ice cubes

From a dip in the ocean on a chilly morning to a tub topped up with ice from the servo — a growing number of people are using cold water therapy to fend off stress (or achieve other claimed wellbeing benefits). So, we’re looking at the evidence on ice baths and whether you should go Wim Hof to wind down.

Wait, who’s Wim Hof?

Wim Hof (also known as The Iceman) is somewhat of a celebrity in the cold therapy space. Renowned for his ability to withstand low temperatures, he’s created a program based on the health benefits he’s gleaned. The Wim Hof Method involves breathing exercises and cold exposure through ice baths.

What is cold therapy?

Hof has led the resurgence in ice baths but it’s by no means a new idea — cold therapy dates back thousands of years. Cold therapy, also called cryotherapy, is when you expose your body to cold temperatures for therapeutic reasons. This can be done in various ways including cold showers, ice baths, swimming in cold water, applying ice packs or standing outside in the cold. Cold water immersion is specifically immersing your body in ice water for about 5 to 15 minutes. Most proponents advise that water should be around 15 degrees Celsius.

What are the benefits of cold therapy?

Its fans claim that regularly exposing the body to cold can boost the immune system, improve mental health, enhance libido, burn calories and reduce stress. And professional athletes have been using the method to reduce muscle soreness for years. But does the science stack up?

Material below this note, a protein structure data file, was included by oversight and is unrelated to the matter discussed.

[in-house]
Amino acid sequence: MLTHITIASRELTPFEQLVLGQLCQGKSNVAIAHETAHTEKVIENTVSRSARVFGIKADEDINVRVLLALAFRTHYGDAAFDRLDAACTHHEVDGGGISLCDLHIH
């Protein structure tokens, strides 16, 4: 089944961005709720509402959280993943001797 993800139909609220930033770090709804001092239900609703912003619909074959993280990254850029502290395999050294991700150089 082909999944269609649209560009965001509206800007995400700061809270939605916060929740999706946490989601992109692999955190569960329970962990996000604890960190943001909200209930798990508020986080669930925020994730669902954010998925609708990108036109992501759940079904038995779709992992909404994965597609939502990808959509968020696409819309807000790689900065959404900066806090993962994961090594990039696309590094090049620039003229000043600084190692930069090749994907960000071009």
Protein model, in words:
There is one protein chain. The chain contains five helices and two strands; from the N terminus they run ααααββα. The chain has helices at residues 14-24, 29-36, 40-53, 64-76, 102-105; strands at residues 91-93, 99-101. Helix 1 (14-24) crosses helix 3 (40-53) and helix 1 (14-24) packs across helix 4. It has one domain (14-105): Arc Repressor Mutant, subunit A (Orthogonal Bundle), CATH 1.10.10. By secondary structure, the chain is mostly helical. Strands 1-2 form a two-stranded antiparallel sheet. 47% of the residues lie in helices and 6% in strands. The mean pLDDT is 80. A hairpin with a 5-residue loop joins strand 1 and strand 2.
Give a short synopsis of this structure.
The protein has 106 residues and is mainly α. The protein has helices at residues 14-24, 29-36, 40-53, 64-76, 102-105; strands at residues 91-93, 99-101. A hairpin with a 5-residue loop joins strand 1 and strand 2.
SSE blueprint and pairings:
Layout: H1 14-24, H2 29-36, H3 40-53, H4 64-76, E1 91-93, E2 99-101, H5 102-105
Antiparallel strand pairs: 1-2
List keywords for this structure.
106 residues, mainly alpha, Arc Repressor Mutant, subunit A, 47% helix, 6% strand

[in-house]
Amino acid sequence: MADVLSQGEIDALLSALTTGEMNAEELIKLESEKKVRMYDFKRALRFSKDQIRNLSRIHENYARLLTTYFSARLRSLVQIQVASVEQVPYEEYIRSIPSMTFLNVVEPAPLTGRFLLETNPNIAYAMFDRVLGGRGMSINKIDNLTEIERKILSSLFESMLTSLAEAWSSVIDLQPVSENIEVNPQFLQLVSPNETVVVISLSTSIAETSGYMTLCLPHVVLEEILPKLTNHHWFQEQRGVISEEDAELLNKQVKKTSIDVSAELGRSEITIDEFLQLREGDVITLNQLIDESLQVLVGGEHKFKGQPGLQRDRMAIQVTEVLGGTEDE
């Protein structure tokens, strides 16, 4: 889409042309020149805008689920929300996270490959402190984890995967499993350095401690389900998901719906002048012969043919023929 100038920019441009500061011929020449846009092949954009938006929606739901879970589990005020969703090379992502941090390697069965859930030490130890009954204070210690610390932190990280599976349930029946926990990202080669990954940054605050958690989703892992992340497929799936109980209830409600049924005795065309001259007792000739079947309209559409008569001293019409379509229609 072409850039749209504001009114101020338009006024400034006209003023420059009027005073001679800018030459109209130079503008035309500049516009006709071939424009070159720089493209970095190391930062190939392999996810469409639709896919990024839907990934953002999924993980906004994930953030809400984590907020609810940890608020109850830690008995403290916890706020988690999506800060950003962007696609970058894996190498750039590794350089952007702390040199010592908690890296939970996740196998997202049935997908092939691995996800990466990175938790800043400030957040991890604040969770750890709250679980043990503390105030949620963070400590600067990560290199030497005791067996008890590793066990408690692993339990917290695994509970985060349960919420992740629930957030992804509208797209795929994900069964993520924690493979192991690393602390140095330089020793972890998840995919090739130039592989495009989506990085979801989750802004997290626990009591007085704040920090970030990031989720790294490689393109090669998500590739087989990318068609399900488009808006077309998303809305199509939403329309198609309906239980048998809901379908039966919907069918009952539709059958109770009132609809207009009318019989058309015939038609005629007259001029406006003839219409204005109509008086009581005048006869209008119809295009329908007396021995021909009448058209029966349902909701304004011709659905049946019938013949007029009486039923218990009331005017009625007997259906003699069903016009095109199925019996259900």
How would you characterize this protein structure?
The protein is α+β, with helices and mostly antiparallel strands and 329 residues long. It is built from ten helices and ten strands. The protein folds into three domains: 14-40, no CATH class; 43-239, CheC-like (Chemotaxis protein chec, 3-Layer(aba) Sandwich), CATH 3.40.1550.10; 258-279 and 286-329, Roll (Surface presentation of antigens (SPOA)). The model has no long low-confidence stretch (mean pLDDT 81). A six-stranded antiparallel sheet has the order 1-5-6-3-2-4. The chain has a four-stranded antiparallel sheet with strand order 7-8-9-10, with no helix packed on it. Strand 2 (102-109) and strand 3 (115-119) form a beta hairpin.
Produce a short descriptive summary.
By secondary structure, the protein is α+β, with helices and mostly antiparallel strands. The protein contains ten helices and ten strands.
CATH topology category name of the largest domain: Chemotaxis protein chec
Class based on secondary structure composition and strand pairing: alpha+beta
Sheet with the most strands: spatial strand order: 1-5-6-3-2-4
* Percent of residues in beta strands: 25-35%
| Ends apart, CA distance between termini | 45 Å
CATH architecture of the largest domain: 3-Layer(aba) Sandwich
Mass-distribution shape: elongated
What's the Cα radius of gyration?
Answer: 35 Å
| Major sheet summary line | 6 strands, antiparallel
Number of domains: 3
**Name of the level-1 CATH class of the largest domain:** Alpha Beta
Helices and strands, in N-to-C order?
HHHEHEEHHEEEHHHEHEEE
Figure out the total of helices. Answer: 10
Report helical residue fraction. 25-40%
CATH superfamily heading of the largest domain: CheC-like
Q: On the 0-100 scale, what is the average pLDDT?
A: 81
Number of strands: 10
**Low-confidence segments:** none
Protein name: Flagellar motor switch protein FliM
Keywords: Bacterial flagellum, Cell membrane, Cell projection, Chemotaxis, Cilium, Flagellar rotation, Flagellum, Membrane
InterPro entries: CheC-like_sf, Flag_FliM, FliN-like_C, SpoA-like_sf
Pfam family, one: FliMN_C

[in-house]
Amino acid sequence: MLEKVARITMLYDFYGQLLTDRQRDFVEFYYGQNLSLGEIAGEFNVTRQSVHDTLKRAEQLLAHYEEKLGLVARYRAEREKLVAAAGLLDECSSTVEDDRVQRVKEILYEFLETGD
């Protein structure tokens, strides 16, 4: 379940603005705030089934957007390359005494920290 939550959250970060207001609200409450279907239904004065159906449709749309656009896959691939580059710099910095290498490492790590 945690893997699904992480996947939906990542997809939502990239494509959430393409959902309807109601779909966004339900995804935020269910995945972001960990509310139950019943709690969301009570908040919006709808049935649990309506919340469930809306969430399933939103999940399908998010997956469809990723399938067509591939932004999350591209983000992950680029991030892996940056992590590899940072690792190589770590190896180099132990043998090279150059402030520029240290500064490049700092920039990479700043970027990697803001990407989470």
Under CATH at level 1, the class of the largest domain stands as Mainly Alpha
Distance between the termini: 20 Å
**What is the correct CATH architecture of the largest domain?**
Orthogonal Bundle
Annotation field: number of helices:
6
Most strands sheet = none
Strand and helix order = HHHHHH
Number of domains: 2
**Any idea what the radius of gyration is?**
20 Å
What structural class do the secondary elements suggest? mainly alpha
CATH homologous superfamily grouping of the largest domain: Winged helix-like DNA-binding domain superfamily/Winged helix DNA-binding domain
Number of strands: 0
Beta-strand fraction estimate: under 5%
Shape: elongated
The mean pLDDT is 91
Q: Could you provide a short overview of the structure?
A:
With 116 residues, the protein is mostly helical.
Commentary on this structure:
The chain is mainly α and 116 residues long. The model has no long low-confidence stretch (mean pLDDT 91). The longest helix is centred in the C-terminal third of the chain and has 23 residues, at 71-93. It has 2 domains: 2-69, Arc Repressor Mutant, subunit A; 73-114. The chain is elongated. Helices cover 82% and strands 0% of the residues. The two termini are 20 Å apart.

Cold water immersion therapy could be slightly better for muscle soreness, compared to doing nothing. However, another study says cold water immersion after resistance training could inhibit strength gains and muscle growth. A few studies suggest that regular exposure to cold can be an effective treatment of chronic autoimmune inflammation, reduce cholesterol and help stress regulation. However, the same people putting themselves through a session of shivering are also likely to be physically active, getting plenty of social interaction, keeping a positive mindset and staying on top of their stress, meaning it might not be the ice baths causing all those benefits, but a mix of healthy habits. 

A review found that cold water immersion can reduce or transform body fat, which can be protective against diabetes and cardiovascular disease, and there’s promising evidence for its effects on the immune system and its tolerance to stress and respiratory infections. 

But overall, more evidence is needed.

What are the dangers of ice baths?

There are several ways cold therapy can go wrong. The most obvious is hypothermia — ice baths can cause your body temperature to drop dangerously low, which can lead to organ failure. Sudden immersion in cold water can also shock your body and lead to increased breathing, heart rate and blood pressure. This shock response can set off the instinct to gasp and hyperventilate, increasing your risk of drowning. It can also put stress on your heart. Other downsides can include ice burn and cold-induced rashes.

If you’re keen to try cold exposure, build up your tolerance gradually and don't stay submerged for more than 10 or 15 minutes. If you have a heart or lung condition, speak to your doctor before attempting. 

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